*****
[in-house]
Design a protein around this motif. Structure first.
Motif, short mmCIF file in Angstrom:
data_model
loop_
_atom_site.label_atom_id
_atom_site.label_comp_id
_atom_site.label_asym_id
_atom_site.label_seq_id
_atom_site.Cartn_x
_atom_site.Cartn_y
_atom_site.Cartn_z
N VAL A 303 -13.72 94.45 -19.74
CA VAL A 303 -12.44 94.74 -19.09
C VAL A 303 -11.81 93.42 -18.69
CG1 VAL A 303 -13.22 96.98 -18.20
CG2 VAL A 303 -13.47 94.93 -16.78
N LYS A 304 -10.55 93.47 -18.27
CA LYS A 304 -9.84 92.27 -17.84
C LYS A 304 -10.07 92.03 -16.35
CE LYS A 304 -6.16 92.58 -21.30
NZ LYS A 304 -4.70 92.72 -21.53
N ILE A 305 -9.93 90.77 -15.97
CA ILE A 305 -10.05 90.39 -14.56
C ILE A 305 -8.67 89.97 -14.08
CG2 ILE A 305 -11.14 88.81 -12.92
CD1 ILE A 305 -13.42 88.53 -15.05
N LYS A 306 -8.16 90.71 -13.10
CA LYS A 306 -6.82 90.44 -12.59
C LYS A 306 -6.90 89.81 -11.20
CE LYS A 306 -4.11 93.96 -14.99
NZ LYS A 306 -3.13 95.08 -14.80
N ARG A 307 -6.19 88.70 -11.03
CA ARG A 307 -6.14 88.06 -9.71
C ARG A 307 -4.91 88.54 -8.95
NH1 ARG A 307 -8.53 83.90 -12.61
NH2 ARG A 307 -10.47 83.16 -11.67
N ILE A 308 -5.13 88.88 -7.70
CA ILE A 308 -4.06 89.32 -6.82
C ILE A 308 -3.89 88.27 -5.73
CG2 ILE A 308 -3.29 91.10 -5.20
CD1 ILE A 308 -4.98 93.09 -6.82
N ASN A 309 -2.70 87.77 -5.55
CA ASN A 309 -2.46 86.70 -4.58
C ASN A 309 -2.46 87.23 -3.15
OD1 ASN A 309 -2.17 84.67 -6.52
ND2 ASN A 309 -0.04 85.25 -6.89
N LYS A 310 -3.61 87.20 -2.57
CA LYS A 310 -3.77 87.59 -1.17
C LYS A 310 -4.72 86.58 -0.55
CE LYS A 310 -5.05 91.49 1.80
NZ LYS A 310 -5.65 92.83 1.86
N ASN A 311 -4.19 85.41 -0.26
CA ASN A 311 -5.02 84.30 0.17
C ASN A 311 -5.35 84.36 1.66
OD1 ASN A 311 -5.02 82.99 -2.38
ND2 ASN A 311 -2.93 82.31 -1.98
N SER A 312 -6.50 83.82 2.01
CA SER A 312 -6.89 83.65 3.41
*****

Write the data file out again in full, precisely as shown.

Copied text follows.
[in-house]
Design a protein around this motif. Structure first.
Motif, short mmCIF file in Angstrom:
data_model
loop_
_atom_site.label_atom_id
_atom_site.label_comp_id
_atom_site.label_asym_id
_atom_site.label_seq_id
_atom_site.Cartn_x
_atom_site.Cartn_y
_atom_site.Cartn_z
N VAL A 303 -13.72 94.45 -19.74
CA VAL A 303 -12.44 94.74 -19.09
C VAL A 303 -11.81 93.42 -18.69
CG1 VAL A 303 -13.22 96.98 -18.20
CG2 VAL A 303 -13.47 94.93 -16.78
N LYS A 304 -10.55 93.47 -18.27
CA LYS A 304 -9.84 92.27 -17.84
C LYS A 304 -10.07 92.03 -16.35
CE LYS A 304 -6.16 92.58 -21.30
NZ LYS A 304 -4.70 92.72 -21.53
N ILE A 305 -9.93 90.77 -15.97
CA ILE A 305 -10.05 90.39 -14.56
C ILE A 305 -8.67 89.97 -14.08
CG2 ILE A 305 -11.14 88.81 -12.92
CD1 ILE A 305 -13.42 88.53 -15.05
N LYS A 306 -8.16 90.71 -13.10
CA LYS A 306 -6.82 90.44 -12.59
C LYS A 306 -6.90 89.81 -11.20
CE LYS A 306 -4.11 93.96 -14.99
NZ LYS A 306 -3.13 95.08 -14.80
N ARG A 307 -6.19 88.70 -11.03
CA ARG A 307 -6.14 88.06 -9.71
C ARG A 307 -4.91 88.54 -8.95
NH1 ARG A 307 -8.53 83.90 -12.61
NH2 ARG A 307 -10.47 83.16 -11.67
N ILE A 308 -5.13 88.88 -7.70
CA ILE A 308 -4.06 89.32 -6.82
C ILE A 308 -3.89 88.27 -5.73
CG2 ILE A 308 -3.29 91.10 -5.20
CD1 ILE A 308 -4.98 93.09 -6.82
N ASN A 309 -2.70 87.77 -5.55
CA ASN A 309 -2.46 86.70 -4.58
C ASN A 309 -2.46 87.23 -3.15
OD1 ASN A 309 -2.17 84.67 -6.52
ND2 ASN A 309 -0.04 85.25 -6.89
N LYS A 310 -3.61 87.20 -2.57
CA LYS A 310 -3.77 87.59 -1.17
C LYS A 310 -4.72 86.58 -0.55
CE LYS A 310 -5.05 91.49 1.80
NZ LYS A 310 -5.65 92.83 1.86
N ASN A 311 -4.19 85.41 -0.26
CA ASN A 311 -5.02 84.30 0.17
C ASN A 311 -5.35 84.36 1.66
OD1 ASN A 311 -5.02 82.99 -2.38
ND2 ASN A 311 -2.93 82.31 -1.98
N SER A 312 -6.50 83.82 2.01
CA SER A 312 -6.89 83.65 3.41